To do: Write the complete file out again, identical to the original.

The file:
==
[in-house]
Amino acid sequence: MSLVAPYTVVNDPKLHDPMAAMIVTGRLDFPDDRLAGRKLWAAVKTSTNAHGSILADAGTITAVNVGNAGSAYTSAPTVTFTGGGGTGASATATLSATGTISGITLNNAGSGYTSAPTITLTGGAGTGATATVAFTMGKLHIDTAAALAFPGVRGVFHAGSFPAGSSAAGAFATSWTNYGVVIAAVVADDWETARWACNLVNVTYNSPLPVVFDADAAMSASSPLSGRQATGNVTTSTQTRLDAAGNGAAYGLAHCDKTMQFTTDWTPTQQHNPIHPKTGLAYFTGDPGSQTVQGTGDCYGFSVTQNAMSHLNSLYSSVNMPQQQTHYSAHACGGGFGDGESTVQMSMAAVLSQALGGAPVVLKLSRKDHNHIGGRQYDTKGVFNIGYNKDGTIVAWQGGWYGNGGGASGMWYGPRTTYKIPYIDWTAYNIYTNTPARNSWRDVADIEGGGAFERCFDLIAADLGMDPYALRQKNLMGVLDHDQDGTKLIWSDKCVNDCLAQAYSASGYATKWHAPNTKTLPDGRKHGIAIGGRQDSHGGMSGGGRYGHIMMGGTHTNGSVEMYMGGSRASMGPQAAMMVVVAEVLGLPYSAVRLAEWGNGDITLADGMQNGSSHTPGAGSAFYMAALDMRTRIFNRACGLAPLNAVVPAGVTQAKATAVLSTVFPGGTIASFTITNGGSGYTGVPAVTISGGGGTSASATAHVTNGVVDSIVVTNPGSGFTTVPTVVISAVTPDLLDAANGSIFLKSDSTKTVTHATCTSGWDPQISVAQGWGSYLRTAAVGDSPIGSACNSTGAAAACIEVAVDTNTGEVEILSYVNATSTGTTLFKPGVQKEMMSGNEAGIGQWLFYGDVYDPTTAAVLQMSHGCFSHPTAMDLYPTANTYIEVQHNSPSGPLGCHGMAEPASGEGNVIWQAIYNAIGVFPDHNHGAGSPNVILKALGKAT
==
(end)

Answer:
[in-house]
Amino acid sequence: MSLVAPYTVVNDPKLHDPMAAMIVTGRLDFPDDRLAGRKLWAAVKTSTNAHGSILADAGTITAVNVGNAGSAYTSAPTVTFTGGGGTGASATATLSATGTISGITLNNAGSGYTSAPTITLTGGAGTGATATVAFTMGKLHIDTAAALAFPGVRGVFHAGSFPAGSSAAGAFATSWTNYGVVIAAVVADDWETARWACNLVNVTYNSPLPVVFDADAAMSASSPLSGRQATGNVTTSTQTRLDAAGNGAAYGLAHCDKTMQFTTDWTPTQQHNPIHPKTGLAYFTGDPGSQTVQGTGDCYGFSVTQNAMSHLNSLYSSVNMPQQQTHYSAHACGGGFGDGESTVQMSMAAVLSQALGGAPVVLKLSRKDHNHIGGRQYDTKGVFNIGYNKDGTIVAWQGGWYGNGGGASGMWYGPRTTYKIPYIDWTAYNIYTNTPARNSWRDVADIEGGGAFERCFDLIAADLGMDPYALRQKNLMGVLDHDQDGTKLIWSDKCVNDCLAQAYSASGYATKWHAPNTKTLPDGRKHGIAIGGRQDSHGGMSGGGRYGHIMMGGTHTNGSVEMYMGGSRASMGPQAAMMVVVAEVLGLPYSAVRLAEWGNGDITLADGMQNGSSHTPGAGSAFYMAALDMRTRIFNRACGLAPLNAVVPAGVTQAKATAVLSTVFPGGTIASFTITNGGSGYTGVPAVTISGGGGTSASATAHVTNGVVDSIVVTNPGSGFTTVPTVVISAVTPDLLDAANGSIFLKSDSTKTVTHATCTSGWDPQISVAQGWGSYLRTAAVGDSPIGSACNSTGAAAACIEVAVDTNTGEVEILSYVNATSTGTTLFKPGVQKEMMSGNEAGIGQWLFYGDVYDPTTAAVLQMSHGCFSHPTAMDLYPTANTYIEVQHNSPSGPLGCHGMAEPASGEGNVIWQAIYNAIGVFPDHNHGAGSPNVILKALGKAT